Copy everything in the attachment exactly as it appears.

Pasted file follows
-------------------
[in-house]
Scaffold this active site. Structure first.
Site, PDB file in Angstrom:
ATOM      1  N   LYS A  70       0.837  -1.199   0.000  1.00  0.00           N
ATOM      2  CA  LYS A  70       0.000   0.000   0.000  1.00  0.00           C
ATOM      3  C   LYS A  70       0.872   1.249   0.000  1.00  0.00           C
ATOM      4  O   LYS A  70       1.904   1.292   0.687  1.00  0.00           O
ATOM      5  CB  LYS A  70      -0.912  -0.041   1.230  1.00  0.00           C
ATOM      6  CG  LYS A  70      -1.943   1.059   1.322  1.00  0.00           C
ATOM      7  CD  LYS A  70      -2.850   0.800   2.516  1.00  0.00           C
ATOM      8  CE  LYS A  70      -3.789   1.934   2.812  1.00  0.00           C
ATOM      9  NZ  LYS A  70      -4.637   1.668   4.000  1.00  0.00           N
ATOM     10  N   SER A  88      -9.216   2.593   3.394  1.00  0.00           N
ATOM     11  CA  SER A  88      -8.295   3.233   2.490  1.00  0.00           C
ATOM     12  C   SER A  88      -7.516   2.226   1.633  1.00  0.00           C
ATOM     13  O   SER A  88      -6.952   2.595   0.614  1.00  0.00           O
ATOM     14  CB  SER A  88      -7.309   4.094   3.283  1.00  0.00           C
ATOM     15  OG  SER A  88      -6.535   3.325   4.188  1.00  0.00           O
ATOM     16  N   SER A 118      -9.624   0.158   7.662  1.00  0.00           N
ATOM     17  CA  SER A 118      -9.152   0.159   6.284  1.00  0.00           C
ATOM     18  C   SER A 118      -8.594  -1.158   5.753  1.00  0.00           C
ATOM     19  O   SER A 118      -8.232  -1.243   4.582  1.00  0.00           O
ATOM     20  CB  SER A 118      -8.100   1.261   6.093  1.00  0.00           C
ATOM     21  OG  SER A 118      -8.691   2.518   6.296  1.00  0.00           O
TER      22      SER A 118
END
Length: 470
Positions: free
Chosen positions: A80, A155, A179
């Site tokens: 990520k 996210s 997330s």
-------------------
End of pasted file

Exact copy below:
[in-house]
Scaffold this active site. Structure first.
Site, PDB file in Angstrom:
ATOM      1  N   LYS A  70       0.837  -1.199   0.000  1.00  0.00           N
ATOM      2  CA  LYS A  70       0.000   0.000   0.000  1.00  0.00           C
ATOM      3  C   LYS A  70       0.872   1.249   0.000  1.00  0.00           C
ATOM      4  O   LYS A  70       1.904   1.292   0.687  1.00  0.00           O
ATOM      5  CB  LYS A  70      -0.912  -0.041   1.230  1.00  0.00           C
ATOM      6  CG  LYS A  70      -1.943   1.059   1.322  1.00  0.00           C
ATOM      7  CD  LYS A  70      -2.850   0.800   2.516  1.00  0.00           C
ATOM      8  CE  LYS A  70      -3.789   1.934   2.812  1.00  0.00           C
ATOM      9  NZ  LYS A  70      -4.637   1.668   4.000  1.00  0.00           N
ATOM     10  N   SER A  88      -9.216   2.593   3.394  1.00  0.00           N
ATOM     11  CA  SER A  88      -8.295   3.233   2.490  1.00  0.00           C
ATOM     12  C   SER A  88      -7.516   2.226   1.633  1.00  0.00           C
ATOM     13  O   SER A  88      -6.952   2.595   0.614  1.00  0.00           O
ATOM     14  CB  SER A  88      -7.309   4.094   3.283  1.00  0.00           C
ATOM     15  OG  SER A  88      -6.535   3.325   4.188  1.00  0.00           O
ATOM     16  N   SER A 118      -9.624   0.158   7.662  1.00  0.00           N
ATOM     17  CA  SER A 118      -9.152   0.159   6.284  1.00  0.00           C
ATOM     18  C   SER A 118      -8.594  -1.158   5.753  1.00  0.00           C
ATOM     19  O   SER A 118      -8.232  -1.243   4.582  1.00  0.00           O
ATOM     20  CB  SER A 118      -8.100   1.261   6.093  1.00  0.00           C
ATOM     21  OG  SER A 118      -8.691   2.518   6.296  1.00  0.00           O
TER      22      SER A 118
END
Length: 470
Positions: free
Chosen positions: A80, A155, A179
């Site tokens: 990520k 996210s 997330s």